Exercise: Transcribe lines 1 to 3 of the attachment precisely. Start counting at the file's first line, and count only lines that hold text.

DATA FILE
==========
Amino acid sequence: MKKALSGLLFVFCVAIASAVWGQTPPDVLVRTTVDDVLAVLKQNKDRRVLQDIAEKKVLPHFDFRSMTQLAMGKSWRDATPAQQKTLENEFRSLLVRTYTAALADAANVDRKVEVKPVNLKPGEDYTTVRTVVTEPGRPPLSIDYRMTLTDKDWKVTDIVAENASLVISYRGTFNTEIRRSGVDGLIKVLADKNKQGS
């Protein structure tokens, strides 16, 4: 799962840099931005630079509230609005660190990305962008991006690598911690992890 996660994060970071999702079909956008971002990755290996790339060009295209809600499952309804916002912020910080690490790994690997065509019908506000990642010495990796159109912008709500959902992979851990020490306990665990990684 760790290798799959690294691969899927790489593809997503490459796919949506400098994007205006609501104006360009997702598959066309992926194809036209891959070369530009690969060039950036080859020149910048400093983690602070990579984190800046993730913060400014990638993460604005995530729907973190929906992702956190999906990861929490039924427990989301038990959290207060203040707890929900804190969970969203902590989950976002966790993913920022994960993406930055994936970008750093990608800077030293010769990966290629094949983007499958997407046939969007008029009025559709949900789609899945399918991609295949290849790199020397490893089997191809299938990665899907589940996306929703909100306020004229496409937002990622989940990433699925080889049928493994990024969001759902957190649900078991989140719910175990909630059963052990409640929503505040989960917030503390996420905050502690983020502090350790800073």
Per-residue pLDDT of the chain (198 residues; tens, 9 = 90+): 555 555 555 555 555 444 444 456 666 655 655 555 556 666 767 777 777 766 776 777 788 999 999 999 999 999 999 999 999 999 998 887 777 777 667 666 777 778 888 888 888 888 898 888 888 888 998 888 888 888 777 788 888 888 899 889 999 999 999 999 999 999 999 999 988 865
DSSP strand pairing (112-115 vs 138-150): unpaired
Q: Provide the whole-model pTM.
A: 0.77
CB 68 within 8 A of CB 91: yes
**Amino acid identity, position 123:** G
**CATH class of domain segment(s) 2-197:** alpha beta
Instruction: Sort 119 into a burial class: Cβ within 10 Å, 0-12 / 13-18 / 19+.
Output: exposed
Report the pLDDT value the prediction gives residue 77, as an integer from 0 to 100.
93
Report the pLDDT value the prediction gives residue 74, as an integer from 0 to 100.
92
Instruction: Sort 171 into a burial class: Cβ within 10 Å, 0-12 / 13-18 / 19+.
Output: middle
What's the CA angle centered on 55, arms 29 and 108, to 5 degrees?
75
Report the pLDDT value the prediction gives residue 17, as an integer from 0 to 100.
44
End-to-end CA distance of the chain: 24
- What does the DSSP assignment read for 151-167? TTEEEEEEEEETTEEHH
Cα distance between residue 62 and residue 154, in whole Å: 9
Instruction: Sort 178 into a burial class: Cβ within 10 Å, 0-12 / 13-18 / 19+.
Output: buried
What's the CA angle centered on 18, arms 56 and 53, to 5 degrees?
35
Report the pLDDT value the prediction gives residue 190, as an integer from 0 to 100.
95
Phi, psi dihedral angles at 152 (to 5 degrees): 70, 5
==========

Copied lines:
Amino acid sequence: MKKALSGLLFVFCVAIASAVWGQTPPDVLVRTTVDDVLAVLKQNKDRRVLQDIAEKKVLPHFDFRSMTQLAMGKSWRDATPAQQKTLENEFRSLLVRTYTAALADAANVDRKVEVKPVNLKPGEDYTTVRTVVTEPGRPPLSIDYRMTLTDKDWKVTDIVAENASLVISYRGTFNTEIRRSGVDGLIKVLADKNKQGS
């Protein structure tokens, strides 16, 4: 799962840099931005630079509230609005660190990305962008991006690598911690992890 996660994060970071999702079909956008971002990755290996790339060009295209809600499952309804916002912020910080690490790994690997065509019908506000990642010495990796159109912008709500959902992979851990020490306990665990990684 760790290798799959690294691969899927790489593809997503490459796919949506400098994007205006609501104006360009997702598959066309992926194809036209891959070369530009690969060039950036080859020149910048400093983690602070990579984190800046993730913060400014990638993460604005995530729907973190929906992702956190999906990861929490039924427990989301038990959290207060203040707890929900804190969970969203902590989950976002966790993913920022994960993406930055994936970008750093990608800077030293010769990966290629094949983007499958997407046939969007008029009025559709949900789609899945399918991609295949290849790199020397490893089997191809299938990665899907589940996306929703909100306020004229496409937002990622989940990433699925080889049928493994990024969001759902957190649900078991989140719910175990909630059963052990409640929503505040989960917030503390996420905050502690983020502090350790800073």
Per-residue pLDDT of the chain (198 residues; tens, 9 = 90+): 555 555 555 555 555 444 444 456 666 655 655 555 556 666 767 777 777 766 776 777 788 999 999 999 999 999 999 999 999 999 998 887 777 777 667 666 777 778 888 888 888 888 898 888 888 888 998 888 888 888 777 788 888 888 899 889 999 999 999 999 999 999 999 999 988 865